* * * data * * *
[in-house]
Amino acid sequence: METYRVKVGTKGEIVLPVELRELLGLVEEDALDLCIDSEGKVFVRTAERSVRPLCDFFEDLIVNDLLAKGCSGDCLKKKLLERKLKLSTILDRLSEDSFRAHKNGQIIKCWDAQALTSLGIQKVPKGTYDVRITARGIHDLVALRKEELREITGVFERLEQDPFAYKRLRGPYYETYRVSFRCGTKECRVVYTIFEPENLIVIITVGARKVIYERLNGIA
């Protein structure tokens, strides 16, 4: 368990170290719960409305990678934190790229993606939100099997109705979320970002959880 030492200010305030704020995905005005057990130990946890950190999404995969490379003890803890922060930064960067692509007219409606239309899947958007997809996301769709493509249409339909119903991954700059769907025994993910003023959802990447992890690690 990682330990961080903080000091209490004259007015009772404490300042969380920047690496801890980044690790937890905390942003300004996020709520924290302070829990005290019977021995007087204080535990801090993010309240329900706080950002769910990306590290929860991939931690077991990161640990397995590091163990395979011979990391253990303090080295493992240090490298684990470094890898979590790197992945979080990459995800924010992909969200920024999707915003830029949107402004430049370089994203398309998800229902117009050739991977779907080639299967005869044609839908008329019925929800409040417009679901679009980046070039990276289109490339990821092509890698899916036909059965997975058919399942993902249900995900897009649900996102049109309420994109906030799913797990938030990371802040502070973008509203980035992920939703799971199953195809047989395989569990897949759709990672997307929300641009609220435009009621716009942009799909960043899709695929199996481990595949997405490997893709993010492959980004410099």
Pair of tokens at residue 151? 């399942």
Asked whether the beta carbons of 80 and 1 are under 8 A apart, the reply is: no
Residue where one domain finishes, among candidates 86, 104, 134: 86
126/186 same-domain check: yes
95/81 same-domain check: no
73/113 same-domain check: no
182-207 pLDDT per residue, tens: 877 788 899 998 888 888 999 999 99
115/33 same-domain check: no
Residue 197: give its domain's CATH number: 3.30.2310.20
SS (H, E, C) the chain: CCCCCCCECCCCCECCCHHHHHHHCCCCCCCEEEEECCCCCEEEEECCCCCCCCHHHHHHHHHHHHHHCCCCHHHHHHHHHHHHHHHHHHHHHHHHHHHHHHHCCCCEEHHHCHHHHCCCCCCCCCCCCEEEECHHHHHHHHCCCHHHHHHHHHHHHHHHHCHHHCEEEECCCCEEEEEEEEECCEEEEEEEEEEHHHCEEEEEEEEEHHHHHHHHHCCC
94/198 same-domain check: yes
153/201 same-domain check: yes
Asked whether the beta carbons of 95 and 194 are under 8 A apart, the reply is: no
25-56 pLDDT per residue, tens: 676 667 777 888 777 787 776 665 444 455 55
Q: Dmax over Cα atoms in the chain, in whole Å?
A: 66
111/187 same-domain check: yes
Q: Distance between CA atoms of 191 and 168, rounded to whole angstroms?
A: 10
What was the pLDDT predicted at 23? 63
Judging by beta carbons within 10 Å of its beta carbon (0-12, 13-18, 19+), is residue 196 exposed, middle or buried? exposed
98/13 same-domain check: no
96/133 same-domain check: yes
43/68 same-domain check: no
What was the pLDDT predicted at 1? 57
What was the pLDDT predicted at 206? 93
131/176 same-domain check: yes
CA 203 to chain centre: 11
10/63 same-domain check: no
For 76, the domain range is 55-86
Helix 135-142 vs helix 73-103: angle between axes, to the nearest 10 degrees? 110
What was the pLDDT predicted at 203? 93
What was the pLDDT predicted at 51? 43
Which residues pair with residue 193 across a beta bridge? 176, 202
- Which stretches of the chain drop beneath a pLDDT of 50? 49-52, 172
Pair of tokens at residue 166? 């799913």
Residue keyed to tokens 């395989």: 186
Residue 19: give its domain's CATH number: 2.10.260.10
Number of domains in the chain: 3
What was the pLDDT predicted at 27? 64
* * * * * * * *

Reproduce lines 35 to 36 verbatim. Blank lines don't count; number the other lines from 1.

What was the pLDDT predicted at 203? 93
What was the pLDDT predicted at 51? 43